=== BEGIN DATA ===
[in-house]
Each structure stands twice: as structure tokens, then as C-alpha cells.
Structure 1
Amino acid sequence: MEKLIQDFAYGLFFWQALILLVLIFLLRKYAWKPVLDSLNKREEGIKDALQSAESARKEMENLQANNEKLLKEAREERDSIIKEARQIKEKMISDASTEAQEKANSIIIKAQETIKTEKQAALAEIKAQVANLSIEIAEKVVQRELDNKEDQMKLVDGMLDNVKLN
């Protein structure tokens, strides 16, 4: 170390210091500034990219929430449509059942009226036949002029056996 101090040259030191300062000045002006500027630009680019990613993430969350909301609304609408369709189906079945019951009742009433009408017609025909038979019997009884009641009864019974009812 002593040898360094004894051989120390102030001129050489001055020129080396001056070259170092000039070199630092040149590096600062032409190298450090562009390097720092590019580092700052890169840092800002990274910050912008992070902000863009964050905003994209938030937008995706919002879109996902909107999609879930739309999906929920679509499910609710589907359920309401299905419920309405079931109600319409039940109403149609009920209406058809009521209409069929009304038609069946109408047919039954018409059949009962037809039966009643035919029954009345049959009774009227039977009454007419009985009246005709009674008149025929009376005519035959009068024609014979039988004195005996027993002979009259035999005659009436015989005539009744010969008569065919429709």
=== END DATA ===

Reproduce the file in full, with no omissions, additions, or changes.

[in-house]
Each structure stands twice: as structure tokens, then as C-alpha cells.
Structure 1
Amino acid sequence: MEKLIQDFAYGLFFWQALILLVLIFLLRKYAWKPVLDSLNKREEGIKDALQSAESARKEMENLQANNEKLLKEAREERDSIIKEARQIKEKMISDASTEAQEKANSIIIKAQETIKTEKQAALAEIKAQVANLSIEIAEKVVQRELDNKEDQMKLVDGMLDNVKLN
């Protein structure tokens, strides 16, 4: 170390210091500034990219929430449509059942009226036949002029056996 101090040259030191300062000045002006500027630009680019990613993430969350909301609304609408369709189906079945019951009742009433009408017609025909038979019997009884009641009864019974009812 002593040898360094004894051989120390102030001129050489001055020129080396001056070259170092000039070199630092040149590096600062032409190298450090562009390097720092590019580092700052890169840092800002990274910050912008992070902000863009964050905003994209938030937008995706919002879109996902909107999609879930739309999906929920679509499910609710589907359920309401299905419920309405079931109600319409039940109403149609009920209406058809009521209409069929009304038609069946109408047919039954018409059949009962037809039966009643035919029954009345049959009774009227039977009454007419009985009246005709009674008149025929009376005519035959009068024609014979039988004195005996027993002979009259035999005659009436015989005539009744010969008569065919429709």